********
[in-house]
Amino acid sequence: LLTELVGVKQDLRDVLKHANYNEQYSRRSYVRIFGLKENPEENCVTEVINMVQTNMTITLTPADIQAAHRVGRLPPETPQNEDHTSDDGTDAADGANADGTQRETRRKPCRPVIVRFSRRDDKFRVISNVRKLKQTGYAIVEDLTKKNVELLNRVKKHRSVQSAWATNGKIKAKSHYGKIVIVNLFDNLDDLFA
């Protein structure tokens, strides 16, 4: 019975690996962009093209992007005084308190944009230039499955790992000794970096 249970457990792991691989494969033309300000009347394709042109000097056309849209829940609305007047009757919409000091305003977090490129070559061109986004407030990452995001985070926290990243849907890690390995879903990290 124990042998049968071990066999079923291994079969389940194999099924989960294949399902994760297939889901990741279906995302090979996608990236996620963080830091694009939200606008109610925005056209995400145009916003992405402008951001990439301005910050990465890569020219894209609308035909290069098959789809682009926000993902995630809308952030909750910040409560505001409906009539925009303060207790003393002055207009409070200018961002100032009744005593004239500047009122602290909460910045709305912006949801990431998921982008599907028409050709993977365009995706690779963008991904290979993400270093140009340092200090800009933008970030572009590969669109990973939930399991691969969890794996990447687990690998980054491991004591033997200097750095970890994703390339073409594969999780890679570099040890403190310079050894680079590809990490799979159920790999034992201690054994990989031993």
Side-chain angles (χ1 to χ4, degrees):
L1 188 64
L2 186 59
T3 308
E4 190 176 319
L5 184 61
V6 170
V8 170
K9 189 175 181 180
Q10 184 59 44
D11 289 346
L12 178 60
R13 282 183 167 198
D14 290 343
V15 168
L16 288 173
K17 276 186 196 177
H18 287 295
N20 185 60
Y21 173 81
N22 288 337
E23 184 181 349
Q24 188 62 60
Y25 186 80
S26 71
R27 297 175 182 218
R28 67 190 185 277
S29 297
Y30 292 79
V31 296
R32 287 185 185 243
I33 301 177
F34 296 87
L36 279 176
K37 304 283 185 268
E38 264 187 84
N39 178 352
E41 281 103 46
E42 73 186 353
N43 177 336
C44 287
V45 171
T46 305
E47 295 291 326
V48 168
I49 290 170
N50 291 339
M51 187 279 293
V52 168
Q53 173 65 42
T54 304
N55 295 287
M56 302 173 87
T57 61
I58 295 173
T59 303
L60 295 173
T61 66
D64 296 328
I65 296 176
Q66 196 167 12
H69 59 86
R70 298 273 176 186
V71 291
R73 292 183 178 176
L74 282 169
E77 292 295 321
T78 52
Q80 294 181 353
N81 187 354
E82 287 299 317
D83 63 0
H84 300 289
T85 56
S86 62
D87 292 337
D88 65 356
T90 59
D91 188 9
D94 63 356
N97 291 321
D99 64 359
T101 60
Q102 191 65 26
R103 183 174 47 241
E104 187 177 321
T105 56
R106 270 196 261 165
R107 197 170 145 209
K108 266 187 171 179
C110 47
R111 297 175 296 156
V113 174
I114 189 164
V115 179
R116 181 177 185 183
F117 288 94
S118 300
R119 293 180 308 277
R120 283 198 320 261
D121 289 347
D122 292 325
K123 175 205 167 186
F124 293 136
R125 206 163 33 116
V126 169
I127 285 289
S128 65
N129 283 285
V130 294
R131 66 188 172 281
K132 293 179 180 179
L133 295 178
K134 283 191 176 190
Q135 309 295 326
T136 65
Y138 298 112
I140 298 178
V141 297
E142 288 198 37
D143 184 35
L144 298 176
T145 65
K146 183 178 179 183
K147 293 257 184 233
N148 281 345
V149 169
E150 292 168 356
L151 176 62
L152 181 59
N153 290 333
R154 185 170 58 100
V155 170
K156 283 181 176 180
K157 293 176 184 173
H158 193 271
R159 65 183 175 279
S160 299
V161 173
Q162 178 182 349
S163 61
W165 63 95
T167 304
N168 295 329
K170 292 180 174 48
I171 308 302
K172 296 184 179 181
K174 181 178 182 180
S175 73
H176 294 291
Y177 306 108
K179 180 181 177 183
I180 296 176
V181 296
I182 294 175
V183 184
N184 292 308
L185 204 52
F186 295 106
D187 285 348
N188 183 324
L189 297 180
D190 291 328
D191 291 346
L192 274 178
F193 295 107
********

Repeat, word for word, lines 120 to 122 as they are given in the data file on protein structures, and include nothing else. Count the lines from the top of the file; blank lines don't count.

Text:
Y138 298 112
I140 298 178
V141 297